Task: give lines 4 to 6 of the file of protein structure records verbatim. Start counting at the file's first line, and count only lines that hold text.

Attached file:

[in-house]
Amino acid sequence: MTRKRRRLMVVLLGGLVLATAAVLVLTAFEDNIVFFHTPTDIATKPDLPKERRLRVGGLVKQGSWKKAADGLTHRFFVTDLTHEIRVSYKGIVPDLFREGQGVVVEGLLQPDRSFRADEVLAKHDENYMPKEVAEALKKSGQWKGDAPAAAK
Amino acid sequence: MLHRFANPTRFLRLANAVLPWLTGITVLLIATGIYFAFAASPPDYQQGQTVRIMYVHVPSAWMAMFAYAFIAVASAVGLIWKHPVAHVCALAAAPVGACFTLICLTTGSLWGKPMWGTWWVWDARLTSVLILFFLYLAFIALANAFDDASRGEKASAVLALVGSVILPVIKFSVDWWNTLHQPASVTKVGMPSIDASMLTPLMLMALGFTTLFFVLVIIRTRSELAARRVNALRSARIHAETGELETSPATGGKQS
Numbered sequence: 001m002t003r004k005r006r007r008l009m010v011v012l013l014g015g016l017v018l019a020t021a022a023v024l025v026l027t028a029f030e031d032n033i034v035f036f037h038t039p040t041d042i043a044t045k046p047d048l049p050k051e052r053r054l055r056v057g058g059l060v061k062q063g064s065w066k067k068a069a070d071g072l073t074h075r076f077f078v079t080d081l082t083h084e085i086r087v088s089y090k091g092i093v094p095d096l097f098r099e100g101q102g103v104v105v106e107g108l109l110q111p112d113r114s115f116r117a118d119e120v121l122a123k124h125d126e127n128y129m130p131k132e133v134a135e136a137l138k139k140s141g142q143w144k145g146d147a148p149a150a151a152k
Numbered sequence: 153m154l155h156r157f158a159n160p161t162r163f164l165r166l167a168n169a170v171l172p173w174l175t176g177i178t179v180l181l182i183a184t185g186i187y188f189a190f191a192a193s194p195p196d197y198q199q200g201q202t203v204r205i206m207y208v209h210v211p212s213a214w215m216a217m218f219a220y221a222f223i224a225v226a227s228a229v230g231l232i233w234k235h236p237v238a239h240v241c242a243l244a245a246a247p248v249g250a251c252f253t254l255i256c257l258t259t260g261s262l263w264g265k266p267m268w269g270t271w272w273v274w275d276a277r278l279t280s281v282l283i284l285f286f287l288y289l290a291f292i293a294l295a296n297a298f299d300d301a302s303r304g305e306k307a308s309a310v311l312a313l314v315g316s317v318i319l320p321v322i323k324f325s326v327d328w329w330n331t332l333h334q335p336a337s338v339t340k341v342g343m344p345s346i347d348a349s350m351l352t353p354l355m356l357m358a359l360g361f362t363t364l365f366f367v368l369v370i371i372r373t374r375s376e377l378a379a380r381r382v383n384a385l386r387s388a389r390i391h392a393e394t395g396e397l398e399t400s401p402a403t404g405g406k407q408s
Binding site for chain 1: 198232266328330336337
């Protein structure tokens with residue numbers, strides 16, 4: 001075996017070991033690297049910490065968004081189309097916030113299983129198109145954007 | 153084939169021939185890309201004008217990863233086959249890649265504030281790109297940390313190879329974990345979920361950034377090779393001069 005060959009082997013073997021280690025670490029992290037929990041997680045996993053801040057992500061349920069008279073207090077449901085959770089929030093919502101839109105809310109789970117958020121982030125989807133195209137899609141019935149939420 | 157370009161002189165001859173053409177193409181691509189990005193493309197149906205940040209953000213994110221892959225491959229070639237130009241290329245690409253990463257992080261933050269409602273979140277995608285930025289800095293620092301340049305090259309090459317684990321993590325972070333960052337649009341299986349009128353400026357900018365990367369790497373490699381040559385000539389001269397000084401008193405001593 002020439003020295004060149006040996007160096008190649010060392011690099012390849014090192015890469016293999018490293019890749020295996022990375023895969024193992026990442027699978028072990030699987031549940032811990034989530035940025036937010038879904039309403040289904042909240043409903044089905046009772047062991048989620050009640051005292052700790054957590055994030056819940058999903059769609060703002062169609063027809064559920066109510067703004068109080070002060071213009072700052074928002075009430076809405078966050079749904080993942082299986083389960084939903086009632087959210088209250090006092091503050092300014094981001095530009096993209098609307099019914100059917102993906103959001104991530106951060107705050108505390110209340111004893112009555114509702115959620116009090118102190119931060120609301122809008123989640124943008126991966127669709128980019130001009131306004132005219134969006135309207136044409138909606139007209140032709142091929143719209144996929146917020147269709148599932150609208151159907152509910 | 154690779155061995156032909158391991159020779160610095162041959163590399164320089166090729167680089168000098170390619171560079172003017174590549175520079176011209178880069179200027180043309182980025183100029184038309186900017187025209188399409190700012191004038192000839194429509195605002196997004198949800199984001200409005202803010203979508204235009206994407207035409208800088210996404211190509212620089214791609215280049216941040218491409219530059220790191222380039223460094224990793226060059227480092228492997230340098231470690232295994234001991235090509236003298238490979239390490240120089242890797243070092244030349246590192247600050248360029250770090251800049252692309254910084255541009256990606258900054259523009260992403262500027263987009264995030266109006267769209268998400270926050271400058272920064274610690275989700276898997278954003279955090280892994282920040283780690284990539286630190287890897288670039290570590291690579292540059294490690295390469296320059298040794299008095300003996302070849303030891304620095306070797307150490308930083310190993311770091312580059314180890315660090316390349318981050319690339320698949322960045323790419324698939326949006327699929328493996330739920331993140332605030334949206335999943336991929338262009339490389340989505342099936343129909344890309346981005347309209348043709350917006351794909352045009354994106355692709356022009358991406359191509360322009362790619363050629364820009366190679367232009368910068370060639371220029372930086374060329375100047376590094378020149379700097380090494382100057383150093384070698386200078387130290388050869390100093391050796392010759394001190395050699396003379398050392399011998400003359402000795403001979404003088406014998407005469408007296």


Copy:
Numbered sequence: 001m002t003r004k005r006r007r008l009m010v011v012l013l014g015g016l017v018l019a020t021a022a023v024l025v026l027t028a029f030e031d032n033i034v035f036f037h038t039p040t041d042i043a044t045k046p047d048l049p050k051e052r053r054l055r056v057g058g059l060v061k062q063g064s065w066k067k068a069a070d071g072l073t074h075r076f077f078v079t080d081l082t083h084e085i086r087v088s089y090k091g092i093v094p095d096l097f098r099e100g101q102g103v104v105v106e107g108l109l110q111p112d113r114s115f116r117a118d119e120v121l122a123k124h125d126e127n128y129m130p131k132e133v134a135e136a137l138k139k140s141g142q143w144k145g146d147a148p149a150a151a152k
Numbered sequence: 153m154l155h156r157f158a159n160p161t162r163f164l165r166l167a168n169a170v171l172p173w174l175t176g177i178t179v180l181l182i183a184t185g186i187y188f189a190f191a192a193s194p195p196d197y198q199q200g201q202t203v204r205i206m207y208v209h210v211p212s213a214w215m216a217m218f219a220y221a222f223i224a225v226a227s228a229v230g231l232i233w234k235h236p237v238a239h240v241c242a243l244a245a246a247p248v249g250a251c252f253t254l255i256c257l258t259t260g261s262l263w264g265k266p267m268w269g270t271w272w273v274w275d276a277r278l279t280s281v282l283i284l285f286f287l288y289l290a291f292i293a294l295a296n297a298f299d300d301a302s303r304g305e306k307a308s309a310v311l312a313l314v315g316s317v318i319l320p321v322i323k324f325s326v327d328w329w330n331t332l333h334q335p336a337s338v339t340k341v342g343m344p345s346i347d348a349s350m351l352t353p354l355m356l357m358a359l360g361f362t363t364l365f366f367v368l369v370i371i372r373t374r375s376e377l378a379a380r381r382v383n384a385l386r387s388a389r390i391h392a393e394t395g396e397l398e399t400s401p402a403t404g405g406k407q408s
Binding site for chain 1: 198232266328330336337